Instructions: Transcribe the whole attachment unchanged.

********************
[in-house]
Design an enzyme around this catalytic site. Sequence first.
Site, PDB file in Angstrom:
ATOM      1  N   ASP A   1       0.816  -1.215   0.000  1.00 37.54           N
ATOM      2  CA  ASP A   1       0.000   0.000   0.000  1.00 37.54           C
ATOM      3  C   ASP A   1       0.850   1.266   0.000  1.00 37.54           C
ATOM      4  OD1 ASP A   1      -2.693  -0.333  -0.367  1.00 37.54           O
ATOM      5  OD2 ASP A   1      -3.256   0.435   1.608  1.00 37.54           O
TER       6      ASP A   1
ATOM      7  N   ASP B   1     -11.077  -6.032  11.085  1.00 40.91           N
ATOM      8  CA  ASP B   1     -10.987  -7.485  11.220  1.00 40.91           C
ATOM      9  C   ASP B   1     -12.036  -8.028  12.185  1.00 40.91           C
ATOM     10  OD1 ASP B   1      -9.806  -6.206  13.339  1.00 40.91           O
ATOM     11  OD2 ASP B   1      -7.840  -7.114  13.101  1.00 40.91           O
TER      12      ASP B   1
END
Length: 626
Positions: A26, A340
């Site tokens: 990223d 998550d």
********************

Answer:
[in-house]
Design an enzyme around this catalytic site. Sequence first.
Site, PDB file in Angstrom:
ATOM      1  N   ASP A   1       0.816  -1.215   0.000  1.00 37.54           N
ATOM      2  CA  ASP A   1       0.000   0.000   0.000  1.00 37.54           C
ATOM      3  C   ASP A   1       0.850   1.266   0.000  1.00 37.54           C
ATOM      4  OD1 ASP A   1      -2.693  -0.333  -0.367  1.00 37.54           O
ATOM      5  OD2 ASP A   1      -3.256   0.435   1.608  1.00 37.54           O
TER       6      ASP A   1
ATOM      7  N   ASP B   1     -11.077  -6.032  11.085  1.00 40.91           N
ATOM      8  CA  ASP B   1     -10.987  -7.485  11.220  1.00 40.91           C
ATOM      9  C   ASP B   1     -12.036  -8.028  12.185  1.00 40.91           C
ATOM     10  OD1 ASP B   1      -9.806  -6.206  13.339  1.00 40.91           O
ATOM     11  OD2 ASP B   1      -7.840  -7.114  13.101  1.00 40.91           O
TER      12      ASP B   1
END
Length: 626
Positions: A26, A340
């Site tokens: 990223d 998550d």